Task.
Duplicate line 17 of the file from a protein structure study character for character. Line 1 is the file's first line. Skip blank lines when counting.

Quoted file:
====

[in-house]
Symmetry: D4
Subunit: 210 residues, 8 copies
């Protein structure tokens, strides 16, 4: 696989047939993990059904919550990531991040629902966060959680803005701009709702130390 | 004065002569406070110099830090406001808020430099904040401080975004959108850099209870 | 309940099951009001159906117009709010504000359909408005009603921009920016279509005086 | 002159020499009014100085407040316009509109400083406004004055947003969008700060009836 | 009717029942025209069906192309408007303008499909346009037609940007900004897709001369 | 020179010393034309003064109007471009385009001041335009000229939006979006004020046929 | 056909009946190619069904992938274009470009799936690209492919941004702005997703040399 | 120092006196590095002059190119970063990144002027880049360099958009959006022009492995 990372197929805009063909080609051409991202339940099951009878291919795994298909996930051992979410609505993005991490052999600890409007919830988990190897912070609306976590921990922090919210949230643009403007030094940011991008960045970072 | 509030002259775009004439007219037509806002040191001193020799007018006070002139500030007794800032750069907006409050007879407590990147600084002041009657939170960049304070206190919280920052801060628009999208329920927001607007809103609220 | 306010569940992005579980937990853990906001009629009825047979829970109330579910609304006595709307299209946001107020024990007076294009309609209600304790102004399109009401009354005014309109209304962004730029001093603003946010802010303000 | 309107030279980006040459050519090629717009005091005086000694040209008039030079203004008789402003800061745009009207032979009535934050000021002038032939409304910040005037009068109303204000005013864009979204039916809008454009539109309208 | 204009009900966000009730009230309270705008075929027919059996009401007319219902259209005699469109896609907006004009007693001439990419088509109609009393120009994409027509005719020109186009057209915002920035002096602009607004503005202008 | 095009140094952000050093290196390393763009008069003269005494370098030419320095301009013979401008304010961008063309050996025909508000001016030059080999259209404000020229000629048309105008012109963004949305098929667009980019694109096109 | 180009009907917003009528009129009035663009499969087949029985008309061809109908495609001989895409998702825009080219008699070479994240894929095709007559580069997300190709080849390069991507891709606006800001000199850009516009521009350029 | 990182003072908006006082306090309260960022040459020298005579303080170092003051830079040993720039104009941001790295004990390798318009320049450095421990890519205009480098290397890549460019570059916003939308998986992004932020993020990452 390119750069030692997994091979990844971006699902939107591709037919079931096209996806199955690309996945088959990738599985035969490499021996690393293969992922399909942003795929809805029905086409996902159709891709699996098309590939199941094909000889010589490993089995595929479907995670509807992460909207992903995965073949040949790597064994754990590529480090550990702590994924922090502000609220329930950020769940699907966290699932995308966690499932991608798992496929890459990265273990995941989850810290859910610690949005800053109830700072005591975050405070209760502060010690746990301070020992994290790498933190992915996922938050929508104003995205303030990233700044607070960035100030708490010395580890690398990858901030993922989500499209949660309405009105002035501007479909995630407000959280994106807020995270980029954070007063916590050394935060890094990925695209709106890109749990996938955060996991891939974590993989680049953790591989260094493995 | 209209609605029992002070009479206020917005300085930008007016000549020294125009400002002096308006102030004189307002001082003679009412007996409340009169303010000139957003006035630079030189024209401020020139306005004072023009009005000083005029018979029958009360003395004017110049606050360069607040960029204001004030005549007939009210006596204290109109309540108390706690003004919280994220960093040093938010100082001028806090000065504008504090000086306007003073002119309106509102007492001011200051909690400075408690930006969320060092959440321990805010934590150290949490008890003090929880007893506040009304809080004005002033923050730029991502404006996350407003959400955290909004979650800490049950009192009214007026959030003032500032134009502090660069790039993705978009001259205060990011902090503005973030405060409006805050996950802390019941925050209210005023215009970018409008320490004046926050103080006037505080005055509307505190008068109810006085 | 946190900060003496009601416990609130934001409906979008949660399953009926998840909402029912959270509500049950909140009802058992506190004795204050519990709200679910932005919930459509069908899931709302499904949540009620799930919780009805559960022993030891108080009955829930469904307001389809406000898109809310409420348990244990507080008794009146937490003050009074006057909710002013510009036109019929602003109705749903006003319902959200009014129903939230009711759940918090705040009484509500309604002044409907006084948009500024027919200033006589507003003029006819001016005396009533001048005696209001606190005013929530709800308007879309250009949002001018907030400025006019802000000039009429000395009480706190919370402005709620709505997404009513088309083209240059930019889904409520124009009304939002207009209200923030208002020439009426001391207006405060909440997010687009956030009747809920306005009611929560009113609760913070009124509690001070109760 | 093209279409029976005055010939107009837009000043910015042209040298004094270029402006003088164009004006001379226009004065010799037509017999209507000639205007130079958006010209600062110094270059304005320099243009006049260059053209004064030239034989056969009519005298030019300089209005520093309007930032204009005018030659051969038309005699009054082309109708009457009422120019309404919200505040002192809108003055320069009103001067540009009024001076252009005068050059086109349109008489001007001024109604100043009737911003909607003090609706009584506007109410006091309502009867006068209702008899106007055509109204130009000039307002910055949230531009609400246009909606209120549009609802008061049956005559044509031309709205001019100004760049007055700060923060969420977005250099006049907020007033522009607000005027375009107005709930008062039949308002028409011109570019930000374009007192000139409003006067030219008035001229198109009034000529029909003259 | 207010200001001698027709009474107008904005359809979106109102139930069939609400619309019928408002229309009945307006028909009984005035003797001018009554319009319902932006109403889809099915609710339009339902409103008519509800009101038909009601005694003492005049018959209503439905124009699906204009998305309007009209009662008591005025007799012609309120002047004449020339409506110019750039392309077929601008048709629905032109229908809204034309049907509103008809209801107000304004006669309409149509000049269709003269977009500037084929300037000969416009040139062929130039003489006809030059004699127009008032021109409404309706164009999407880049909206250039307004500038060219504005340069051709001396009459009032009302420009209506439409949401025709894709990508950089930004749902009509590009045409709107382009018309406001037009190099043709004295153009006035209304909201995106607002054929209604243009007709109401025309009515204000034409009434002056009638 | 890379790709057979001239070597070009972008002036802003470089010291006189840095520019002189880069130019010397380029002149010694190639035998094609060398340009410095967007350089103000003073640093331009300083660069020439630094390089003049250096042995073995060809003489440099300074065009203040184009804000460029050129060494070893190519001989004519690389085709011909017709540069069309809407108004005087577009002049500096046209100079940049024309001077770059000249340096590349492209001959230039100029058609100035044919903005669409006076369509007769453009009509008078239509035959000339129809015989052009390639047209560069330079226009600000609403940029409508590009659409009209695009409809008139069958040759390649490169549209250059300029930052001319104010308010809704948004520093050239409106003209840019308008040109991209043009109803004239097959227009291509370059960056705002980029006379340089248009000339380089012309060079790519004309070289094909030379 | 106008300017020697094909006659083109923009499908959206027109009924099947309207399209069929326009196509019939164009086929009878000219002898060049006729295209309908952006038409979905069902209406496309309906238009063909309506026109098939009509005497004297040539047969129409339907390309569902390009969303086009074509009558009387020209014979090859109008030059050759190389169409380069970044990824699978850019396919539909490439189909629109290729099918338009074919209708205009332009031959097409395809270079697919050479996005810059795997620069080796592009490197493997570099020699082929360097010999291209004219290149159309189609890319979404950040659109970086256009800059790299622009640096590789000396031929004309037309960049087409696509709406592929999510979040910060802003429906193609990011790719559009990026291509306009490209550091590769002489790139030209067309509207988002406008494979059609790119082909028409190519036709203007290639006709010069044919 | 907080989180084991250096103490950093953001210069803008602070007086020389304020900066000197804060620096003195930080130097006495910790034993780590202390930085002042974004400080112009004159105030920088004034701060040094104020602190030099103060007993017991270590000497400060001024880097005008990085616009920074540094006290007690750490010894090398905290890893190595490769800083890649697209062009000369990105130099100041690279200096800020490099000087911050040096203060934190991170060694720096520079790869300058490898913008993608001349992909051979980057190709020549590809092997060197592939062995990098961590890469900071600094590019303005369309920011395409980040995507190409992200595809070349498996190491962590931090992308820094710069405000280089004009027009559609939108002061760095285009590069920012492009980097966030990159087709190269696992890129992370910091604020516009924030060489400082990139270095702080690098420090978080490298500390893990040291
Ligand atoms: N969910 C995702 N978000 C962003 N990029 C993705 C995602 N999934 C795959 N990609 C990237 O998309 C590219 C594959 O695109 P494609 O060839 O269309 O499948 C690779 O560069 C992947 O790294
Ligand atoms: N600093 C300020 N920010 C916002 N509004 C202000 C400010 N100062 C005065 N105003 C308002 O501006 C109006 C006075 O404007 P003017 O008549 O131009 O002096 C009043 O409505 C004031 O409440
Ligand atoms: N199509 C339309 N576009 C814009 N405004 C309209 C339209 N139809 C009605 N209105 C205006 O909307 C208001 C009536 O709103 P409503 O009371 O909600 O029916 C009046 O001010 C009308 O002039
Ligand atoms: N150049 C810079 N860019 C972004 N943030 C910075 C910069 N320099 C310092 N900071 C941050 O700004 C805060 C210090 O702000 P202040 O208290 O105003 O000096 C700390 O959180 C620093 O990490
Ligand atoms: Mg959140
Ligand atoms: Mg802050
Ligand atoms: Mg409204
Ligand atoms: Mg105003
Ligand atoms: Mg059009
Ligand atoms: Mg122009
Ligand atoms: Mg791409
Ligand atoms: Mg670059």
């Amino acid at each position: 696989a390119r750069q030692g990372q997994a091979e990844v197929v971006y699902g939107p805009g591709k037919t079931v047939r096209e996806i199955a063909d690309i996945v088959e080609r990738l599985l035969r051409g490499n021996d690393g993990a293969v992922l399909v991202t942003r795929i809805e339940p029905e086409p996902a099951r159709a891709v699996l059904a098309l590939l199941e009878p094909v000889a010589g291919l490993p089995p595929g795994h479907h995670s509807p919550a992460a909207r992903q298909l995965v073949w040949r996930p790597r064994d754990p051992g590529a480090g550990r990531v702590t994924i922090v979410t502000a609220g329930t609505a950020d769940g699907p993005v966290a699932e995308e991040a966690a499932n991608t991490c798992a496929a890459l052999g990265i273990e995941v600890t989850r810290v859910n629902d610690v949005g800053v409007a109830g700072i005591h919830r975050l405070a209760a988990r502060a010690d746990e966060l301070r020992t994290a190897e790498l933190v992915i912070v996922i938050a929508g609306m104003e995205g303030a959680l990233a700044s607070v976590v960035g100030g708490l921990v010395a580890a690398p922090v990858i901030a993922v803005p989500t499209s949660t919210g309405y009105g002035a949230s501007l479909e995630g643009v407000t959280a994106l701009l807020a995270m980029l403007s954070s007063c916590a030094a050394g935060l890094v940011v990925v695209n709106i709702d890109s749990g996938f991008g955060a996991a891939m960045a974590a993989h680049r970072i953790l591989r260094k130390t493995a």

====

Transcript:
């Amino acid at each position: 696989a390119r750069q030692g990372q997994a091979e990844v197929v971006y699902g939107p805009g591709k037919t079931v047939r096209e996806i199955a063909d690309i996945v088959e080609r990738l599985l035969r051409g490499n021996d690393g993990a293969v992922l399909v991202t942003r795929i809805e339940p029905e086409p996902a099951r159709a891709v699996l059904a098309l590939l199941e009878p094909v000889a010589g291919l490993p089995p595929g795994h479907h995670s509807p919550a992460a909207r992903q298909l995965v073949w040949r996930p790597r064994d754990p051992g590529a480090g550990r990531v702590t994924i922090v979410t502000a609220g329930t609505a950020d769940g699907p993005v966290a699932e995308e991040a966690a499932n991608t991490c798992a496929a890459l052999g990265i273990e995941v600890t989850r810290v859910n629902d610690v949005g800053v409007a109830g700072i005591h919830r975050l405070a209760a988990r502060a010690d746990e966060l301070r020992t994290a190897e790498l933190v992915i912070v996922i938050a929508g609306m104003e995205g303030a959680l990233a700044s607070v976590v960035g100030g708490l921990v010395a580890a690398p922090v990858i901030a993922v803005p989500t499209s949660t919210g309405y009105g002035a949230s501007l479909e995630g643009v407000t959280a994106l701009l807020a995270m980029l403007s954070s007063c916590a030094a050394g935060l890094v940011v990925v695209n709106i709702d890109s749990g996938f991008g955060a996991a891939m960045a974590a993989h680049r970072i953790l591989r260094k130390t493995a």